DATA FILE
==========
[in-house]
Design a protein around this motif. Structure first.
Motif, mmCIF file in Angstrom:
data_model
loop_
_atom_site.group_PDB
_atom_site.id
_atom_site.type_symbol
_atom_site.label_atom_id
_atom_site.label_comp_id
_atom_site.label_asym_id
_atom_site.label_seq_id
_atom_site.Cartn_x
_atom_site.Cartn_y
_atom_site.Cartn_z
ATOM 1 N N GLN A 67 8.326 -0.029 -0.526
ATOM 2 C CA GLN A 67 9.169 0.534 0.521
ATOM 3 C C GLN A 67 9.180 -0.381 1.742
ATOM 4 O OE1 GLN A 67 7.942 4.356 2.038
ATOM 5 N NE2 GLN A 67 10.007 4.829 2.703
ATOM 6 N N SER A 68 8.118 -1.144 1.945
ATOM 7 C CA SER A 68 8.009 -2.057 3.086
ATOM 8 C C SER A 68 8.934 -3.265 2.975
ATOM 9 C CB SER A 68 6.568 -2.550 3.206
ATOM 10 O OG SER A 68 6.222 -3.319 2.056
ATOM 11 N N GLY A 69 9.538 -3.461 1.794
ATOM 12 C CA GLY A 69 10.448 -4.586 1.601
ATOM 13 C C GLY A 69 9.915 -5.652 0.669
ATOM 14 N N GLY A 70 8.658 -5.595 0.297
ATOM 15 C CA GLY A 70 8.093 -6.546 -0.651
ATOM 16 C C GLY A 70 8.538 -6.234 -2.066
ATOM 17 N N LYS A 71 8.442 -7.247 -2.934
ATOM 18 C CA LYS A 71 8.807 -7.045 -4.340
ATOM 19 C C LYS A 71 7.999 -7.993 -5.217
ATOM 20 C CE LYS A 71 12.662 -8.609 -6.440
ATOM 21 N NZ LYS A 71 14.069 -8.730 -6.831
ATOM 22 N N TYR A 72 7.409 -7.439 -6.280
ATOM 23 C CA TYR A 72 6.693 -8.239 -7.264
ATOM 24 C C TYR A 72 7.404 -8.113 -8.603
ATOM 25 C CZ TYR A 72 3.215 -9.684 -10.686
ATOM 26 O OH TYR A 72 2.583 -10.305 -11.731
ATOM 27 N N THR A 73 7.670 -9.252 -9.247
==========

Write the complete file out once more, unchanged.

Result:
[in-house]
Design a protein around this motif. Structure first.
Motif, mmCIF file in Angstrom:
data_model
loop_
_atom_site.group_PDB
_atom_site.id
_atom_site.type_symbol
_atom_site.label_atom_id
_atom_site.label_comp_id
_atom_site.label_asym_id
_atom_site.label_seq_id
_atom_site.Cartn_x
_atom_site.Cartn_y
_atom_site.Cartn_z
ATOM 1 N N GLN A 67 8.326 -0.029 -0.526
ATOM 2 C CA GLN A 67 9.169 0.534 0.521
ATOM 3 C C GLN A 67 9.180 -0.381 1.742
ATOM 4 O OE1 GLN A 67 7.942 4.356 2.038
ATOM 5 N NE2 GLN A 67 10.007 4.829 2.703
ATOM 6 N N SER A 68 8.118 -1.144 1.945
ATOM 7 C CA SER A 68 8.009 -2.057 3.086
ATOM 8 C C SER A 68 8.934 -3.265 2.975
ATOM 9 C CB SER A 68 6.568 -2.550 3.206
ATOM 10 O OG SER A 68 6.222 -3.319 2.056
ATOM 11 N N GLY A 69 9.538 -3.461 1.794
ATOM 12 C CA GLY A 69 10.448 -4.586 1.601
ATOM 13 C C GLY A 69 9.915 -5.652 0.669
ATOM 14 N N GLY A 70 8.658 -5.595 0.297
ATOM 15 C CA GLY A 70 8.093 -6.546 -0.651
ATOM 16 C C GLY A 70 8.538 -6.234 -2.066
ATOM 17 N N LYS A 71 8.442 -7.247 -2.934
ATOM 18 C CA LYS A 71 8.807 -7.045 -4.340
ATOM 19 C C LYS A 71 7.999 -7.993 -5.217
ATOM 20 C CE LYS A 71 12.662 -8.609 -6.440
ATOM 21 N NZ LYS A 71 14.069 -8.730 -6.831
ATOM 22 N N TYR A 72 7.409 -7.439 -6.280
ATOM 23 C CA TYR A 72 6.693 -8.239 -7.264
ATOM 24 C C TYR A 72 7.404 -8.113 -8.603
ATOM 25 C CZ TYR A 72 3.215 -9.684 -10.686
ATOM 26 O OH TYR A 72 2.583 -10.305 -11.731
ATOM 27 N N THR A 73 7.670 -9.252 -9.247